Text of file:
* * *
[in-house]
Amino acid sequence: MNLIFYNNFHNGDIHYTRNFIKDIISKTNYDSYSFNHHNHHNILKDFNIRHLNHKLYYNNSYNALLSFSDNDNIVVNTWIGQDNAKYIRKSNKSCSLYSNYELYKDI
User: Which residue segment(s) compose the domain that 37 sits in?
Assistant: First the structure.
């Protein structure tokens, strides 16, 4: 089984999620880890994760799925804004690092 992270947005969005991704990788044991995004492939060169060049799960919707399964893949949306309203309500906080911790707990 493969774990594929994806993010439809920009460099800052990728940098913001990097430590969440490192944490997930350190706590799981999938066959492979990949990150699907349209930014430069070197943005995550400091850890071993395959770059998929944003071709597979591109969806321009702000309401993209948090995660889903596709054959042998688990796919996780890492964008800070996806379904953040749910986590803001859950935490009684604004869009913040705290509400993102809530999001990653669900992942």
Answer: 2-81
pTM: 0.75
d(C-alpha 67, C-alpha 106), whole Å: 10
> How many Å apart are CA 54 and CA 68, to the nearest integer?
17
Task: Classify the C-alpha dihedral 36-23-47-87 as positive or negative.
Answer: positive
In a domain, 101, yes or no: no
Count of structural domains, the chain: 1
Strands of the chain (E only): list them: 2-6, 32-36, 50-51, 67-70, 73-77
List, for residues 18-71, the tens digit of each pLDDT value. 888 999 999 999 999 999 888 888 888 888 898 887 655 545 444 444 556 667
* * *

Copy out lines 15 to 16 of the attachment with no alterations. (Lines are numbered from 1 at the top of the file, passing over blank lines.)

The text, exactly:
Strands of the chain (E only): list them: 2-6, 32-36, 50-51, 67-70, 73-77
List, for residues 18-71, the tens digit of each pLDDT value. 888 999 999 999 999 999 888 888 888 888 898 887 655 545 444 444 556 667